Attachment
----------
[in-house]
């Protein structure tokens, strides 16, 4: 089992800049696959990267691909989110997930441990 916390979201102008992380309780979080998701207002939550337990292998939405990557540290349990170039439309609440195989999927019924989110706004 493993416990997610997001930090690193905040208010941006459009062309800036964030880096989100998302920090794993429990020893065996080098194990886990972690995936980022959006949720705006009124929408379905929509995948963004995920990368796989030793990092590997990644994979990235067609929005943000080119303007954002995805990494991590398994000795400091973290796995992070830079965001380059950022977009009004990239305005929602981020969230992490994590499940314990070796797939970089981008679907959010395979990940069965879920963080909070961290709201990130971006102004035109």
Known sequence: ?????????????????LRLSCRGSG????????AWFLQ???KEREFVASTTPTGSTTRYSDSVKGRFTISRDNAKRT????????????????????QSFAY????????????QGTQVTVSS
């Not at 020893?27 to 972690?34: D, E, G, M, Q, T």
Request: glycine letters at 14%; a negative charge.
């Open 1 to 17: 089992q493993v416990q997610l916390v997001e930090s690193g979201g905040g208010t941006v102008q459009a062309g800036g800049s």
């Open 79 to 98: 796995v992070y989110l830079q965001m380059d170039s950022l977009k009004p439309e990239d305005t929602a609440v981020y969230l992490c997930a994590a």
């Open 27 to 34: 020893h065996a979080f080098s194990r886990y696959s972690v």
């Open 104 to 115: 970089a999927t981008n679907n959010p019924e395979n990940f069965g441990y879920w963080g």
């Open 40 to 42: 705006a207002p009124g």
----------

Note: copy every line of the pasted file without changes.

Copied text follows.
[in-house]
């Protein structure tokens, strides 16, 4: 089992800049696959990267691909989110997930441990 916390979201102008992380309780979080998701207002939550337990292998939405990557540290349990170039439309609440195989999927019924989110706004 493993416990997610997001930090690193905040208010941006459009062309800036964030880096989100998302920090794993429990020893065996080098194990886990972690995936980022959006949720705006009124929408379905929509995948963004995920990368796989030793990092590997990644994979990235067609929005943000080119303007954002995805990494991590398994000795400091973290796995992070830079965001380059950022977009009004990239305005929602981020969230992490994590499940314990070796797939970089981008679907959010395979990940069965879920963080909070961290709201990130971006102004035109």
Known sequence: ?????????????????LRLSCRGSG????????AWFLQ???KEREFVASTTPTGSTTRYSDSVKGRFTISRDNAKRT????????????????????QSFAY????????????QGTQVTVSS
């Not at 020893?27 to 972690?34: D, E, G, M, Q, T």
Request: glycine letters at 14%; a negative charge.
């Open 1 to 17: 089992q493993v416990q997610l916390v997001e930090s690193g979201g905040g208010t941006v102008q459009a062309g800036g800049s």
């Open 79 to 98: 796995v992070y989110l830079q965001m380059d170039s950022l977009k009004p439309e990239d305005t929602a609440v981020y969230l992490c997930a994590a």
């Open 27 to 34: 020893h065996a979080f080098s194990r886990y696959s972690v």
């Open 104 to 115: 970089a999927t981008n679907n959010p019924e395979n990940f069965g441990y879920w963080g």
């Open 40 to 42: 705006a207002p009124g």